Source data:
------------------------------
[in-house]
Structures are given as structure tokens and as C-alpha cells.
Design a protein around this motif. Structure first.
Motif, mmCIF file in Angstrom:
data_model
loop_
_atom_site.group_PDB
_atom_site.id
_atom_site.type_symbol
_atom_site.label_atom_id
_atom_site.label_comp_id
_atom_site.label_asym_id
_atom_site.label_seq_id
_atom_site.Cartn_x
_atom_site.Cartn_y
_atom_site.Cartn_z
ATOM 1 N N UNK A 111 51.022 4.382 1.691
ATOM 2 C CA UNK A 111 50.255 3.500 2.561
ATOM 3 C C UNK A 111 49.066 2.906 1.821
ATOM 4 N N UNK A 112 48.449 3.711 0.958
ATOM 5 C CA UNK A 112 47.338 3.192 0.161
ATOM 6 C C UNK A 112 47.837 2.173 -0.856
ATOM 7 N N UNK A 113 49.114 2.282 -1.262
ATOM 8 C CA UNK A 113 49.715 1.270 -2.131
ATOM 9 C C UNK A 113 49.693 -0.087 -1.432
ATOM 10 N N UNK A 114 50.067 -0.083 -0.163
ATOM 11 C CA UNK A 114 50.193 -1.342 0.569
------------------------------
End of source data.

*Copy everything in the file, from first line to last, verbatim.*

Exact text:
[in-house]
Structures are given as structure tokens and as C-alpha cells.
Design a protein around this motif. Structure first.
Motif, mmCIF file in Angstrom:
data_model
loop_
_atom_site.group_PDB
_atom_site.id
_atom_site.type_symbol
_atom_site.label_atom_id
_atom_site.label_comp_id
_atom_site.label_asym_id
_atom_site.label_seq_id
_atom_site.Cartn_x
_atom_site.Cartn_y
_atom_site.Cartn_z
ATOM 1 N N UNK A 111 51.022 4.382 1.691
ATOM 2 C CA UNK A 111 50.255 3.500 2.561
ATOM 3 C C UNK A 111 49.066 2.906 1.821
ATOM 4 N N UNK A 112 48.449 3.711 0.958
ATOM 5 C CA UNK A 112 47.338 3.192 0.161
ATOM 6 C C UNK A 112 47.837 2.173 -0.856
ATOM 7 N N UNK A 113 49.114 2.282 -1.262
ATOM 8 C CA UNK A 113 49.715 1.270 -2.131
ATOM 9 C C UNK A 113 49.693 -0.087 -1.432
ATOM 10 N N UNK A 114 50.067 -0.083 -0.163
ATOM 11 C CA UNK A 114 50.193 -1.342 0.569